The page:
Six steps to follow before employing your first member of staff

Employment and Skills

If your business is experience growth and the workload is becoming too much for to handle you may be considering employing your first member of staff. Before you start to employ staff it is vital to check that you comply with the six points that this blog post will be taking you through.

These points are listed on the Direct Gov website and are in place to ensure that you are following the correct procedures before employing someone.

1. Paying your employee

Deciding how much to pay someone is vitally important. You must pay your employee at least the National Minimum Wage all workers are entitled to this by law. The rate of minimum wage you need to pay will depend on the employee’s age and if you are employing an apprentice you will have another rate of pay which is considerably lower than that of your average employee. The current rates of minimum wag can be found on the Direct Gov website.

 2. Right to work in the UK

Before employing your member of staff you need to ensure that they have the legal right to work in the UK. If the employee has a registered UK passport and is also a British Citizen then they will have the right to work in the UK, if not you will need to follow further instructions to find out if they are able to work. These steps can be carried out at the Direct Gov website.You may have to also carry out other employment checks to ensure that it is legal for your employee to work at your business.

3. DBS Check

As the employer you will have to apply for a DBS (Disclosure and Barring Service) check which was formally known as a CRB check. You will only have to do so if you work in a field that requires one for example if you are working with vulnerable children, or working in a profession such as security. As the employer you can receive the DBS applicant form from DBS or an umbrella body. As the employee you need to give the form to the applicant to fill in and return along with documents proving their identity. You then need to send the form back to the DBS or umbrella body, the applicant will then receive a certificate as the employer you need to ask to see this certificate.  More information on the process can be found here.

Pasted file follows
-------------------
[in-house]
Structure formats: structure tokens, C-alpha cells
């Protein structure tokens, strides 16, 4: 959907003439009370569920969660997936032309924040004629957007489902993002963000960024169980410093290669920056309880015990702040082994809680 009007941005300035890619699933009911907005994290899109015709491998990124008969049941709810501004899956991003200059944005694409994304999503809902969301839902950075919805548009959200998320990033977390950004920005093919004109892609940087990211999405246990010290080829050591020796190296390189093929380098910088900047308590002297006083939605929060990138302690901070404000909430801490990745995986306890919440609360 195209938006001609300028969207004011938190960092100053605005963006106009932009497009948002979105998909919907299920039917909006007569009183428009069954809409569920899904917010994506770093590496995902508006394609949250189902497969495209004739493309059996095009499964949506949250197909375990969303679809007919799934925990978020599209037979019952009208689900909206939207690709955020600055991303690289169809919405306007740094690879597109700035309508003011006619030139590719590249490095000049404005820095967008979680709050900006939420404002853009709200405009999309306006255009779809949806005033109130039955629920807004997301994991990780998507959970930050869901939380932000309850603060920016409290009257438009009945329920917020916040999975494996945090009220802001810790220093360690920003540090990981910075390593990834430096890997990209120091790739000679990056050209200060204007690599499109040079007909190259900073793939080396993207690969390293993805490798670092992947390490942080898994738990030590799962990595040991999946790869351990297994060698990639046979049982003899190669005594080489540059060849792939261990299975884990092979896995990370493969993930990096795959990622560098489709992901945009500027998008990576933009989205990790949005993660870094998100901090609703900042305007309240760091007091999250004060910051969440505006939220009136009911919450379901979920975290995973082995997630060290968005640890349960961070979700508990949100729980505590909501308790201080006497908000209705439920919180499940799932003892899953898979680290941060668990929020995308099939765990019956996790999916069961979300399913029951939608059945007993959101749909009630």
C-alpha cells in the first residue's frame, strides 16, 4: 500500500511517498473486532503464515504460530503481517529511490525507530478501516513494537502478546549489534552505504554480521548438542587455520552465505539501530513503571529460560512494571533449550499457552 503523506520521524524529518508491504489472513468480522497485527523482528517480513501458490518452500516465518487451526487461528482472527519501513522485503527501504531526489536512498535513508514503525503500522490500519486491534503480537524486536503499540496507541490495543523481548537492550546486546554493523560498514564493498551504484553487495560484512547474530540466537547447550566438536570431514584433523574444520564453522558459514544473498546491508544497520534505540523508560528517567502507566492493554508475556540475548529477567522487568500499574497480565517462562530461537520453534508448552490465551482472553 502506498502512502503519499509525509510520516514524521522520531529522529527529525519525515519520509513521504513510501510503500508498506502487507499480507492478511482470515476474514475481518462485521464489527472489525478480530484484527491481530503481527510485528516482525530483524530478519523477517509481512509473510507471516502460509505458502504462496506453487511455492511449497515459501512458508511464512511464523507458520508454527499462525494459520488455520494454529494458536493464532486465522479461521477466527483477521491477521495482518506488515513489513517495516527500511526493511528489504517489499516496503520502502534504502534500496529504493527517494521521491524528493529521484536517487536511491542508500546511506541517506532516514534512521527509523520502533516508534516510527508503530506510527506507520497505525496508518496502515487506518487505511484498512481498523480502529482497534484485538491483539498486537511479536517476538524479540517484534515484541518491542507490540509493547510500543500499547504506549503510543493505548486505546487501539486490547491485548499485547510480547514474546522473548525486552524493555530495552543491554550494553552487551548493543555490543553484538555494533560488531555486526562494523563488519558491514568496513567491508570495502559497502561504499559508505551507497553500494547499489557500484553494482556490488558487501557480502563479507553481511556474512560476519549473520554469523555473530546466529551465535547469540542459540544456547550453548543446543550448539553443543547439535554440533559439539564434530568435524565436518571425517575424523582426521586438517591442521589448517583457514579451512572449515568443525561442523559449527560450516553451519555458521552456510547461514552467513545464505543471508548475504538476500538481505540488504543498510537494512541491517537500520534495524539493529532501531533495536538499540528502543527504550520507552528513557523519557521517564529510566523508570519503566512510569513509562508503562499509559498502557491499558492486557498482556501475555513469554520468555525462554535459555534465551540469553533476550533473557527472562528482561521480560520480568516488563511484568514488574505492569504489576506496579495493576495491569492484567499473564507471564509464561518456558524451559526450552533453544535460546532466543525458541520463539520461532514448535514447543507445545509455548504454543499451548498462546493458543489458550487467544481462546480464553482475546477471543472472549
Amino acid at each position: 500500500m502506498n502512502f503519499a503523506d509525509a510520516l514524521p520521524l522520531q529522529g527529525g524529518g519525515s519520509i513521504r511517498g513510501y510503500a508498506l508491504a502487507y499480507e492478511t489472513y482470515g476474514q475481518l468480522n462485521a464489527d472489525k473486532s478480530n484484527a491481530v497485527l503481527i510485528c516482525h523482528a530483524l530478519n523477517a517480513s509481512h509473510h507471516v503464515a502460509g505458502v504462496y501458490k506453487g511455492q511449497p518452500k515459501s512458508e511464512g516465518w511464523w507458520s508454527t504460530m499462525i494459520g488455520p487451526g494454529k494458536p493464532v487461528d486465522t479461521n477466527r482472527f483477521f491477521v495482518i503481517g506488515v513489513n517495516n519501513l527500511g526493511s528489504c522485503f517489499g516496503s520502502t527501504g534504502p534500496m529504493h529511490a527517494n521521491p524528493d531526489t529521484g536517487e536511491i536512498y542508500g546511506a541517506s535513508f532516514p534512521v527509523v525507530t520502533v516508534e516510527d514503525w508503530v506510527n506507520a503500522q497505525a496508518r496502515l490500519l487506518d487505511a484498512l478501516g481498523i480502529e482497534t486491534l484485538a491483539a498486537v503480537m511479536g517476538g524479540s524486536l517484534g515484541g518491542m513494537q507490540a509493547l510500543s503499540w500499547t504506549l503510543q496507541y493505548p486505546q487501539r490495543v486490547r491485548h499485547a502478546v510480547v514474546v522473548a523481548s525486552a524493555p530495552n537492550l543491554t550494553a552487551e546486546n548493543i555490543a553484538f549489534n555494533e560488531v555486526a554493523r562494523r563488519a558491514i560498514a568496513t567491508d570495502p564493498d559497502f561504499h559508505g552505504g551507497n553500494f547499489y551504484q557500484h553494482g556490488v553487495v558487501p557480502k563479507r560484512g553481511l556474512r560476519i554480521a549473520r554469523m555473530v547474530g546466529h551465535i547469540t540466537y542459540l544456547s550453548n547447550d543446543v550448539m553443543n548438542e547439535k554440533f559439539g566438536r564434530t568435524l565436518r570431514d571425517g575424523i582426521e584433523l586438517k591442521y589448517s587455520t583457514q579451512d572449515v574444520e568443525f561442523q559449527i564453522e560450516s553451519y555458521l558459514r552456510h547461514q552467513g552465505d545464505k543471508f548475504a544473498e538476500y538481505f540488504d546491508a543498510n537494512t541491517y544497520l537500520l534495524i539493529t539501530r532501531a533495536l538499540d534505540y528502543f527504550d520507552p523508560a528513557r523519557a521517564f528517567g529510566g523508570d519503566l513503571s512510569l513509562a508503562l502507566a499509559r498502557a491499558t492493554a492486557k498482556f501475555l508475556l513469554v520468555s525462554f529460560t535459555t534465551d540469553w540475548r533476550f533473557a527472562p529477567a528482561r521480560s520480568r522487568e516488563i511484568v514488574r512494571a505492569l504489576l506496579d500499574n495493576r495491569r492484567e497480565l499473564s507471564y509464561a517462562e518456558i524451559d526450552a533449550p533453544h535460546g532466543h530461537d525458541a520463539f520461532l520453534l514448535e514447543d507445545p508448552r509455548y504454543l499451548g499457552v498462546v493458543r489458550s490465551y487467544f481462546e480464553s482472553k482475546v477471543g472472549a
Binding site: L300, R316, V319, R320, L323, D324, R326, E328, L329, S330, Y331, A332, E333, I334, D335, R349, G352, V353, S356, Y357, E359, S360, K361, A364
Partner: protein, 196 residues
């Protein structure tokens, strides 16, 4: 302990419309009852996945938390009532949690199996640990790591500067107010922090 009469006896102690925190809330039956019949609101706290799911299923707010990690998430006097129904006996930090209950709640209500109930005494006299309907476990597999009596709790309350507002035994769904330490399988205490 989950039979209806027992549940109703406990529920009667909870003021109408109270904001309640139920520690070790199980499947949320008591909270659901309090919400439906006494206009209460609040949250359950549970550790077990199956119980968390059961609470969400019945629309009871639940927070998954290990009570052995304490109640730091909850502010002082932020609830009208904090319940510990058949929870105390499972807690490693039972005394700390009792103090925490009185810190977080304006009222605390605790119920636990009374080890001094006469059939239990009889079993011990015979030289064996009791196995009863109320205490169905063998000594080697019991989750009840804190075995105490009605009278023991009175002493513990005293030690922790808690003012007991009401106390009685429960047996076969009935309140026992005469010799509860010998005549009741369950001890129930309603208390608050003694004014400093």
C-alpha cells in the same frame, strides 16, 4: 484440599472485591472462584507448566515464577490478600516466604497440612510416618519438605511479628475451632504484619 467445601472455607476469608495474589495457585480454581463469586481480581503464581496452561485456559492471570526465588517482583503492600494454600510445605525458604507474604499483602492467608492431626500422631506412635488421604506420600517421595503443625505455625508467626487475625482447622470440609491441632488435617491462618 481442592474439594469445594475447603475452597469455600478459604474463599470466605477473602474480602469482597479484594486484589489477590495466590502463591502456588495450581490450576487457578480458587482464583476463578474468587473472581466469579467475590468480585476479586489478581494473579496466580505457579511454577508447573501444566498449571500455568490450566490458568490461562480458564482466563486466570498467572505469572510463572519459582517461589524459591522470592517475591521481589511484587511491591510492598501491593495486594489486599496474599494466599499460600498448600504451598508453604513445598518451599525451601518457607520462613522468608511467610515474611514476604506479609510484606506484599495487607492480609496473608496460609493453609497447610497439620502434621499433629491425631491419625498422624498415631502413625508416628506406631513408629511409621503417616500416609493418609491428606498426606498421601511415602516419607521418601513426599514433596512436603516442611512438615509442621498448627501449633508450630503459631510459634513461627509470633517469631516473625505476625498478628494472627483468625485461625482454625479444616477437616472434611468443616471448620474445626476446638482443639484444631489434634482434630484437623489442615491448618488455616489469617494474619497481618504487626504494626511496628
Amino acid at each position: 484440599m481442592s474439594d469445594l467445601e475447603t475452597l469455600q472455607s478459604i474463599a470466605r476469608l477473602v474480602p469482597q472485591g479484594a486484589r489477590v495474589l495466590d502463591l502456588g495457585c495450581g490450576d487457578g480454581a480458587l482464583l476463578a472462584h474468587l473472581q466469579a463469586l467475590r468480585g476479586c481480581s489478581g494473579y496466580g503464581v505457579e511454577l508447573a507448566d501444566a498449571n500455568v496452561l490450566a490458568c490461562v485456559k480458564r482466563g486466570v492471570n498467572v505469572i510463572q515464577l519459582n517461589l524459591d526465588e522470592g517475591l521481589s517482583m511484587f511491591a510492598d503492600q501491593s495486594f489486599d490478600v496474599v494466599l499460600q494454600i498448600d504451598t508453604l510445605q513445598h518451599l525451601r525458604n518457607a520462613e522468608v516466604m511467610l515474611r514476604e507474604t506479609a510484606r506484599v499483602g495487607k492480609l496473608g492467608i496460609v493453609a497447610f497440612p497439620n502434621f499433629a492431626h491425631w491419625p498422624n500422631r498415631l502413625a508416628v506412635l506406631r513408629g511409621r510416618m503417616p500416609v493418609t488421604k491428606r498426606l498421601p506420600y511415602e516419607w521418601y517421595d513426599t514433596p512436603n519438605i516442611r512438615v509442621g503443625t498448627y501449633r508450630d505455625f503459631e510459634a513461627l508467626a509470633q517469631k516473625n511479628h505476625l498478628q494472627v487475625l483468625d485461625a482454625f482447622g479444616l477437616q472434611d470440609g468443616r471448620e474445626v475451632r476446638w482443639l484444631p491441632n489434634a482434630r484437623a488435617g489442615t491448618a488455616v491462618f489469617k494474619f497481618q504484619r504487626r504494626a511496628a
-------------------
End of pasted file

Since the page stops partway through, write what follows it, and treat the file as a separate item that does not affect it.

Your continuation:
4. Employment Insurance

As an employer you will need employers’ liability insurance ready for the moment that you employ somebody. Your policy must cover you for at least £5 million and be from an authorised insurer. Failure to ensure that you are properly insured can result in a fine of £2,500 for everyday found that you are not covered. Displaying or providing your employers’ liability insurance certificate to inspectors is also a necessity if you fail to provide it you can be fined £1,000. You can employ a insurance broker if you need further advice or support when purchasing employers’ liability insurance.

5. Written statement of employment

You must provide your employee with a ‘written statement of employment particulars’ if their employment is due to last a month or more. It isn’t a contract but should include terms and conditions of employment for the employee. This doesn’t need to be provided straight away, but it does need to be presented to the employee within 2 months of their start date. You can find a list of details that the statement must include by clicking here.

6. Register as an employer

Lastly you will have to inform HM Revenue and Customs that you are becoming an employer. You need to make sure that you register before the first pay day it can take up to two weeks to register. You will not be able to register more than two months before you start paying people. You can also register online which can be done here.

To find out more about employment and employment procedures, get in touch with one of our Project Engagement Officers or visit our support finder.